Walnut Creek sits in the center of the largest Amish community in the world, its population divided almost exactly between the orthodox Anabaptist sect and the “English,” or non-Amish. In the small township of Berlin alone, there are six different denominations of Amish, from the ultraconservative, who use only gas lamps in their homes and kerosene lanterns on their black, windowless buggies, to the more liberal lifestyle Amish, who harness energy through solar panels and have brake lights, turn signals, and sometimes even sound systems on their buggies.

Among his many challenges, Martino knew, was how best to disseminate information to this culture that has its own way of communicating, its own set of moral guidelines, rules, and etiquette, even its own language. How could the library effectively let that community know about programs, services, and the financial needs of the library?

“I was aware that there were distinct differences between the Amish and English communities and that, really, is the biggest challenge,” Martino says. “How do we provide quality materials that appeal to both Amish and English without offending the Amish or, in English eyes, overly catering to them?”

One of the first things on Martino’s to-do list was to find a new library board member, and he knew just the kind of person it should be. Someone hardworking, creative, and dedicated to the library, like all board members. But there was one additional trait Martino wanted that no previous HCDPL board member could lay claim to: he needed someone from the Amish community. After looking for nearly a year, he found what he was looking for in Jerry Schlabach.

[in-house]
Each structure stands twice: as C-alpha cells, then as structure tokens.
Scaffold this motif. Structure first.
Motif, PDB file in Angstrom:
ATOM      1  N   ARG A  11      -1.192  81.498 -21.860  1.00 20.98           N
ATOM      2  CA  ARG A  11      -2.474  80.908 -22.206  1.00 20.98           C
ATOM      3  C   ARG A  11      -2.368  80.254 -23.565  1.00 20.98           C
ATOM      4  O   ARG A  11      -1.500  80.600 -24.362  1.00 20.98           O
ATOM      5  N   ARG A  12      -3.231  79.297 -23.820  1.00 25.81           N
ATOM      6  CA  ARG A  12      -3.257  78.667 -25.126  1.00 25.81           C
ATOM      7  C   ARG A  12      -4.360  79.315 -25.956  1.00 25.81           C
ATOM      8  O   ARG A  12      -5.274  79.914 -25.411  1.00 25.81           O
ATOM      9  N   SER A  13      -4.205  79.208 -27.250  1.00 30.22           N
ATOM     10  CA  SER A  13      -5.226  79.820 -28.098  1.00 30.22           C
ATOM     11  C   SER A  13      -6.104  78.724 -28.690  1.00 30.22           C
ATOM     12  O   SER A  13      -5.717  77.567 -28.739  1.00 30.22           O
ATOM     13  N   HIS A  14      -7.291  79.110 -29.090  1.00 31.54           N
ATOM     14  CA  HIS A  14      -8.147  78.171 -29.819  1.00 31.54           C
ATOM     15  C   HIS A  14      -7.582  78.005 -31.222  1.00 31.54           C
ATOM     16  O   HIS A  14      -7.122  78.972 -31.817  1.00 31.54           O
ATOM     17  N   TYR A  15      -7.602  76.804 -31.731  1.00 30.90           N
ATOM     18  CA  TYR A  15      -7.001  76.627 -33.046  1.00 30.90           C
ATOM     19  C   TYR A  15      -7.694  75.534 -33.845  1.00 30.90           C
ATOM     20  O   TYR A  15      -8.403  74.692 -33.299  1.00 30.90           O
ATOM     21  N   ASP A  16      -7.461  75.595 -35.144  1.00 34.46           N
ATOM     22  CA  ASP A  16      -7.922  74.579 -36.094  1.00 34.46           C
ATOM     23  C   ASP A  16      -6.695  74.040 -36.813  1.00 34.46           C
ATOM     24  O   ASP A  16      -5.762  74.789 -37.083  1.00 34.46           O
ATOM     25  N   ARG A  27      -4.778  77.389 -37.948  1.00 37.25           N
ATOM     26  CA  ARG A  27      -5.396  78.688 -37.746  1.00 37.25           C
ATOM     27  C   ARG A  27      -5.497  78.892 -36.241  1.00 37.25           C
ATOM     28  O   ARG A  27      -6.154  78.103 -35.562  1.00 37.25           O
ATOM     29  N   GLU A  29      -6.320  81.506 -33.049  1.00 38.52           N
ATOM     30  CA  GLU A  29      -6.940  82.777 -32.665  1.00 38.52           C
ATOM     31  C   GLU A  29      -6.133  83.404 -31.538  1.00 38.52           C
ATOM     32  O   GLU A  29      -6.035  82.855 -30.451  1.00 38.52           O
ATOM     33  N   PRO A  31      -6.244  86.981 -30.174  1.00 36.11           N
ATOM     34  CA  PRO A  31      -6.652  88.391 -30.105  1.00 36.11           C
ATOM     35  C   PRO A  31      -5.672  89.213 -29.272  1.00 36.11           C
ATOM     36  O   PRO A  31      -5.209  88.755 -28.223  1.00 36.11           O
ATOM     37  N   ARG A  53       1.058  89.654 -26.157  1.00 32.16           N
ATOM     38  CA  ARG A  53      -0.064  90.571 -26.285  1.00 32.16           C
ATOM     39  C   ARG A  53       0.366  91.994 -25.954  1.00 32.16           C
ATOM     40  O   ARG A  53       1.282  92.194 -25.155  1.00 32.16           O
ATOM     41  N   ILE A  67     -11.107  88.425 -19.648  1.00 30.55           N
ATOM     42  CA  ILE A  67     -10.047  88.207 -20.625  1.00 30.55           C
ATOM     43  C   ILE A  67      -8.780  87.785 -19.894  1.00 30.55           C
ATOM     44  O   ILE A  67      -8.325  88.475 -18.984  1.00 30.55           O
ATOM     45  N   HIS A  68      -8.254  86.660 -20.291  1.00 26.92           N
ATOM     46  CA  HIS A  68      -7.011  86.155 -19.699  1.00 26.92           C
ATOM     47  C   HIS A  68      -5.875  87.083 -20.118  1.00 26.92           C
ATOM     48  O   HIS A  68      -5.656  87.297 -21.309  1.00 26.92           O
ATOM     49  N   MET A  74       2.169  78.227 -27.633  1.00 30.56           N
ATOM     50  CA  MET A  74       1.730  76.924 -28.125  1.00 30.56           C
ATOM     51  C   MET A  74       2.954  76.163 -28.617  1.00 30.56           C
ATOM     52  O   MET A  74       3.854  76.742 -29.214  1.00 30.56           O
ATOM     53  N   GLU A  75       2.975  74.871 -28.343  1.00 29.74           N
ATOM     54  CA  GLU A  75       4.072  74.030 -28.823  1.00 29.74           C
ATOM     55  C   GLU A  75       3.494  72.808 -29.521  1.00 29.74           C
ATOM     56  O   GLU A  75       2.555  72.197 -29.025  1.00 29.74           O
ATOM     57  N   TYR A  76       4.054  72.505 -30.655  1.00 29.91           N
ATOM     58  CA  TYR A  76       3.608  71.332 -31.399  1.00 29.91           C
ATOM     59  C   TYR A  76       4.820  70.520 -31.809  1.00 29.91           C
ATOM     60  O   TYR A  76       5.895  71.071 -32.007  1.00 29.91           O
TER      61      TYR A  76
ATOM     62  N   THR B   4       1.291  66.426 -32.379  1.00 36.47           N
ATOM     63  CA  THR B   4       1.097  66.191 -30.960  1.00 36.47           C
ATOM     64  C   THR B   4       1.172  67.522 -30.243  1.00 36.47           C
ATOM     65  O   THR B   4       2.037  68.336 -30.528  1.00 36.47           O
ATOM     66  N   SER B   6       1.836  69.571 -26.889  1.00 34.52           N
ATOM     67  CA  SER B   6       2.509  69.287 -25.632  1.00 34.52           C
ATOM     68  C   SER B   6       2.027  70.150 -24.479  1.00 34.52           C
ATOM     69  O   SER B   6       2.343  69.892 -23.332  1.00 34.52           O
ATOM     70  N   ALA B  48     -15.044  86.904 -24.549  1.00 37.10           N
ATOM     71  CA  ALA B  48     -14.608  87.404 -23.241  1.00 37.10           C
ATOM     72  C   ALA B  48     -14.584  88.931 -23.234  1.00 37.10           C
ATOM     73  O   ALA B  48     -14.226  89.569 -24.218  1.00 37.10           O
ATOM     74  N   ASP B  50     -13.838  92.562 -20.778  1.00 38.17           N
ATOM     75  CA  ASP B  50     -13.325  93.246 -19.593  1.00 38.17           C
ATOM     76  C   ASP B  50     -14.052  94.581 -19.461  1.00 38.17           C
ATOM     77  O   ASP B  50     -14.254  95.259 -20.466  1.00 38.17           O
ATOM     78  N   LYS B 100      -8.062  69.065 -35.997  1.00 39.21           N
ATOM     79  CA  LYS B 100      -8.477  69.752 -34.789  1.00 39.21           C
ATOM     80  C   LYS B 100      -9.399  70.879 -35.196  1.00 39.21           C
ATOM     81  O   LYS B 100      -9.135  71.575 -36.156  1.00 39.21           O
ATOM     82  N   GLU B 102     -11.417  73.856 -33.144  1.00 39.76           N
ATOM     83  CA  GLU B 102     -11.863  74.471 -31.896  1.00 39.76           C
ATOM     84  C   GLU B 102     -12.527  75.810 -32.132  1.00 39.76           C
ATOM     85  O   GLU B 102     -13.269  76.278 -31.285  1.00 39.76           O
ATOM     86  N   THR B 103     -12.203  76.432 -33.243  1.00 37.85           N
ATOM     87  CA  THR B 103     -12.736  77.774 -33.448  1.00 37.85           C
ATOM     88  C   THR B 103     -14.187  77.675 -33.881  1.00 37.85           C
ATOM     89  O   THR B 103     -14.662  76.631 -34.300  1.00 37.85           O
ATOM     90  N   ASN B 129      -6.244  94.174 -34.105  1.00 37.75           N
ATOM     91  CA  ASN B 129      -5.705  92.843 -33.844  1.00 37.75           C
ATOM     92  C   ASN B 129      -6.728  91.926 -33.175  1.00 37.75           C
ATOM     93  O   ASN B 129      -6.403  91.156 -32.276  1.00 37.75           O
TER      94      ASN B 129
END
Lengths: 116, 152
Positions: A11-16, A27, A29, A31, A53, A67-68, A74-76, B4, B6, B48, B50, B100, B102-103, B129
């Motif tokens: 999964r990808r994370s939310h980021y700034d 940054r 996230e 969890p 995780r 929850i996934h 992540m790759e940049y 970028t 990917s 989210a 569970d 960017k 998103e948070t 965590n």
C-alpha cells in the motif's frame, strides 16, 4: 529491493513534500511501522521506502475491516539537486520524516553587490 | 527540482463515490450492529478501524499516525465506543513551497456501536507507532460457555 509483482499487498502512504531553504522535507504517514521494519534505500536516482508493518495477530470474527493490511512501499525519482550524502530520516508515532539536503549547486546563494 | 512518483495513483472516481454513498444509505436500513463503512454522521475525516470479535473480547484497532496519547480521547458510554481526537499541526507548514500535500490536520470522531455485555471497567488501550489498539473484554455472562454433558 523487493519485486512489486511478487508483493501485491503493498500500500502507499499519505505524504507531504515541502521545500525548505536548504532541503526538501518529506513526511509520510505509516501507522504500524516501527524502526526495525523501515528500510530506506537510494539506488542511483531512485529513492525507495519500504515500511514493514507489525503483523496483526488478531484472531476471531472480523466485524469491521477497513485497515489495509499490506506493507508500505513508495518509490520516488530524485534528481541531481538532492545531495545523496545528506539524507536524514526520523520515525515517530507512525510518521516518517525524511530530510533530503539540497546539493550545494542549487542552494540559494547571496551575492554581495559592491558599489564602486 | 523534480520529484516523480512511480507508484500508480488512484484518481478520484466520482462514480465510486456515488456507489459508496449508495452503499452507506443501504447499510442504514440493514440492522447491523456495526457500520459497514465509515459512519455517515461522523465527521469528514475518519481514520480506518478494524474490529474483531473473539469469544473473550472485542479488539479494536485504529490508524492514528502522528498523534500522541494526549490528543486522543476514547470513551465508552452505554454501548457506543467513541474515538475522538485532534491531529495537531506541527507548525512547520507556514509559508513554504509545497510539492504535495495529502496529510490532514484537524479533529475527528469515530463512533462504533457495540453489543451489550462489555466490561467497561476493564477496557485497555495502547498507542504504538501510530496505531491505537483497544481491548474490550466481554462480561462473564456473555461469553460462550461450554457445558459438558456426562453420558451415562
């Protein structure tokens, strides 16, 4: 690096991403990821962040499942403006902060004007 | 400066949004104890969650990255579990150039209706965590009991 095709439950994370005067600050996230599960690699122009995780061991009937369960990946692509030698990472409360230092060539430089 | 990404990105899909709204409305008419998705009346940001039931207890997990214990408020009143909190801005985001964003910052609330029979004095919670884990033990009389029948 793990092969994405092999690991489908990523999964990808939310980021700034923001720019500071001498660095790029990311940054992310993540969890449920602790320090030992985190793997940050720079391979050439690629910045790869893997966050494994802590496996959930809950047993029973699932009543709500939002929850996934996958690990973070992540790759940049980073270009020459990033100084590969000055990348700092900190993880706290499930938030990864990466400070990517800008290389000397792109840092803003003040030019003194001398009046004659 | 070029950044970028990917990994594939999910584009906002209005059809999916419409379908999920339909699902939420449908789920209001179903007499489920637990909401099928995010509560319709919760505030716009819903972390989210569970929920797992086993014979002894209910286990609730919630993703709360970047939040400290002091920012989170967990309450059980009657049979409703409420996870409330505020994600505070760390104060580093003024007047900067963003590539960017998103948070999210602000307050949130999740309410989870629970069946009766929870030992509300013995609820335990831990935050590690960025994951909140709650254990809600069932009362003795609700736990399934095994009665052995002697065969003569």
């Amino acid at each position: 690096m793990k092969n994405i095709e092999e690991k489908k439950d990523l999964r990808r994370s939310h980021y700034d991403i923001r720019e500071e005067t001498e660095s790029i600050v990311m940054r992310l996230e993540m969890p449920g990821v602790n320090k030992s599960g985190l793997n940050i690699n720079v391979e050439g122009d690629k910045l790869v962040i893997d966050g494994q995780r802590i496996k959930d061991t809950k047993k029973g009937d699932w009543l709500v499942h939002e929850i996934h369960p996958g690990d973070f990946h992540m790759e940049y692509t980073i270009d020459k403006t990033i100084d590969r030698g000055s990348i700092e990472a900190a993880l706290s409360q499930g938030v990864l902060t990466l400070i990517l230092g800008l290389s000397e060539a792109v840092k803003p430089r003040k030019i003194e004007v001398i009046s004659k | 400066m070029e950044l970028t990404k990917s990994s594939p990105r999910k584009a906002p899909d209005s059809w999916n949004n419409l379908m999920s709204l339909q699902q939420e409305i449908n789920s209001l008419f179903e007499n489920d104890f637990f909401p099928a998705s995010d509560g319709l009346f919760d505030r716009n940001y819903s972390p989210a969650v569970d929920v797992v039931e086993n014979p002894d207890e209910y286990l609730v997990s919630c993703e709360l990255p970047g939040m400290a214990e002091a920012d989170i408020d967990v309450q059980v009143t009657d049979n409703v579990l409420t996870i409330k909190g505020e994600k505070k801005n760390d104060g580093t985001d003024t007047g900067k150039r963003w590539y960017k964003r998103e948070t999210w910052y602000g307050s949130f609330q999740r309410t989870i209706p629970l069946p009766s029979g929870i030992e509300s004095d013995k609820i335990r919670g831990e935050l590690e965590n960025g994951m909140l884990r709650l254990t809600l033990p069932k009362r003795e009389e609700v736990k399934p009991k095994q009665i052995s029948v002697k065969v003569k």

Schlabach has been teaching for 13 years at Wise School, a one-story block building on the edge of a field between Berlin and Charm, OH. He’s also a teacher and librarian at nearby Mt. Hope School. He, like Martino, speaks German, sharing the language with eight classes each week. “Knowledge is power in any culture,” Schlabach tells his students.

In summer 2012, Schlabach became the first Amish member of HCDPL’s board, as well as the first Amish library board member in Ohio.

Kimberli Hiller, former manager of the East Branch in Walnut Creek, OH, and head of teen services for the district, says Amish patrons easily make up more than 50 percent of the branch’s visitors. Not only do they check out a variety of materials, from classic literature to the most current DVDs, but on any given day, the chairs in front of the branch’s eight desktop computers are occupied by Amish and Mennonite patrons of all ages. According to Ken Butler, head of IT at HCDPL, their computer activity is much like anyone else’s.

“We typically see the Amish doing what most everyone does,” Butler says, “checking email and Facebook, doing taxes and banking, online shopping, and selling items on eBay.”

Butler says there’s an increase, too, in tablet technology among the Amish. He often helps load ebooks onto a variety of devices. Butler’s basic computer classes are often comprised entirely of Amish participants keen on using office and accounting software to simplify the operations of their small businesses.

Serving up community

Having Schlabach on the board provides a liaison to help HCDPL meet its Amish patrons’ changing needs. It also helps the Amish community understand the needs of the library and work with funding models that fit the county’s strong sense of partnership and community engagement. One goal is to employ community fundraising strategies to help fund the bookmobile. Several local restaurants are on tap to host family-style meals, served by library staff and board members, to garner local support and raise funds for the library.